However, for some mysterious reason, the Lord suddenly added restrictions. From creation to this period between 1447 to 1407BC would have involved the passage of much history. Remember it was 6,023 years from creation to the time of the flood, so this 40-year span would have been about 3,500 years after the flood, so the history of the world was approaching 10,000 years old. For almost 10,000 years the people of the world ate whatever they wanted to eat after the fall of man. Before the fall, no animals could be eaten and after the fall any animal could be eaten. Yet, God made a dramatic and drastic change when He said they were to eat certain creatures and not to eat certain creatures. The reason given by God was this: “Ye shall therefore sanctify yourselves, and ye shall be holy; for I am holy.” And it did serve to set the Jews apart and to distinguish them from the nations of the world. It is also interesting that that these dietary laws were in place from the time of the wilderness sojourn into the New Testament period when the incident with Peter took place in Acts, chapter 10. It was after the cross and it could have been several years after the cross, but these dietary laws would have been in place for about 1,500 years. This is also the time during which the Bible was being compiled, as God began to do so with Moses by giving him divine revelation. So, it is interesting that the Lord placed dietary restrictions upon His people that set them apart from the rest of the world and these restrictions were in place for pretty much the entire time the Bible was being written. We know the Bible was completed around 95AD. We get that from sources outside the Bible, so we cannot be sure of that, but it appears it was around 95AD when the Bible was completed in writing after about 1,500 years.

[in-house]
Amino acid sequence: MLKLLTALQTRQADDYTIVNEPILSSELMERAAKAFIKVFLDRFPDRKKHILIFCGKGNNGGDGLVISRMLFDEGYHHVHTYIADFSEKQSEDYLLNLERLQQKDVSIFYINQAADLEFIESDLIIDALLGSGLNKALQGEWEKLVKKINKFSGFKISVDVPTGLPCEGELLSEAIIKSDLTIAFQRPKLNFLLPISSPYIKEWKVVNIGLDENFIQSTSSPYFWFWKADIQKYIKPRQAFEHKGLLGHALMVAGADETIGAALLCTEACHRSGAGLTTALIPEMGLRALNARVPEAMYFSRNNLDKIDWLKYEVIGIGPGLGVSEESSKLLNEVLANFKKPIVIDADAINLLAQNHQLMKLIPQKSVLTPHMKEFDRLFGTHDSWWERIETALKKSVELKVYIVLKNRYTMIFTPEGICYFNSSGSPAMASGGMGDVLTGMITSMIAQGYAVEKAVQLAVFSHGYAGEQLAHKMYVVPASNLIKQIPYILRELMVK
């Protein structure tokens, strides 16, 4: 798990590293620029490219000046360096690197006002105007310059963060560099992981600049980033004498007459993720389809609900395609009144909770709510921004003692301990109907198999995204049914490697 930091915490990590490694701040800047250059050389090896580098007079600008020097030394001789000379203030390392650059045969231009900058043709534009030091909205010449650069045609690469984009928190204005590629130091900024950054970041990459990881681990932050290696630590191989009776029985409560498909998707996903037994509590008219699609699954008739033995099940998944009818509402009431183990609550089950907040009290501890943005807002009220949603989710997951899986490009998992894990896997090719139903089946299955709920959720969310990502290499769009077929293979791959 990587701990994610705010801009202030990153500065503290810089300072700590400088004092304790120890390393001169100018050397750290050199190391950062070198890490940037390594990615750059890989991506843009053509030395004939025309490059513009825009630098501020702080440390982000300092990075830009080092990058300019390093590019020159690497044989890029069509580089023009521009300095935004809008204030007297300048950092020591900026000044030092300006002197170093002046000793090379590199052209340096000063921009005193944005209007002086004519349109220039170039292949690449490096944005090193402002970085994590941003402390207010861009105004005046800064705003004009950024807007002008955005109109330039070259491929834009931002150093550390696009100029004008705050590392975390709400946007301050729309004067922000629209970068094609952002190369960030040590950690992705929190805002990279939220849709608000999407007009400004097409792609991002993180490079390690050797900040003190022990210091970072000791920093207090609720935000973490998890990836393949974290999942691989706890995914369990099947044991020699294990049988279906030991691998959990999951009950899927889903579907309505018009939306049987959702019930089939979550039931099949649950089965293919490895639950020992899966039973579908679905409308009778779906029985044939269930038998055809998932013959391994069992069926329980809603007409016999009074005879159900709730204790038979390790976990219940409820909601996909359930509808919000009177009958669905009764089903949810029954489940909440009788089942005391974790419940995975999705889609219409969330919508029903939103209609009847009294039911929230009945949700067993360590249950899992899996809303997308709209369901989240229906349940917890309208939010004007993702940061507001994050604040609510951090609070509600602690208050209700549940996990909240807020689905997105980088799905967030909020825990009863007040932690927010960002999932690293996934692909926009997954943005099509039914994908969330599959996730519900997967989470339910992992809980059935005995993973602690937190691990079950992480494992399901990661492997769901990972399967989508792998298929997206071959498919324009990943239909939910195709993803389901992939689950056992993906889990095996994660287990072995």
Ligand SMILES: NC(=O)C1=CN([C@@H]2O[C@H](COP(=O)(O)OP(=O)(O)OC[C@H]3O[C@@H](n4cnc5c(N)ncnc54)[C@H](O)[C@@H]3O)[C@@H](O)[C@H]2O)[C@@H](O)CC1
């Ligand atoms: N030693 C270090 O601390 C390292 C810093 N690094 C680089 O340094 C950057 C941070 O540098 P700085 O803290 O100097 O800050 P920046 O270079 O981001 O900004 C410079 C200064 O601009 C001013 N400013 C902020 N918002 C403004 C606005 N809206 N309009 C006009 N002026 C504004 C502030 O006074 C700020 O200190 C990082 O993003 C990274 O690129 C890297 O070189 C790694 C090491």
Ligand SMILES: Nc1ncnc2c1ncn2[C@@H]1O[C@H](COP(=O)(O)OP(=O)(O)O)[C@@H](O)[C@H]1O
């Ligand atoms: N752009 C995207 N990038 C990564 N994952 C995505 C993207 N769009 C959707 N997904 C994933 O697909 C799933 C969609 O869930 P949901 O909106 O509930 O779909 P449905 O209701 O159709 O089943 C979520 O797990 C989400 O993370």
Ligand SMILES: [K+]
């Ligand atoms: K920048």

Just before the time the written Word of God was completed, this incident took place in Acts 10:9-14: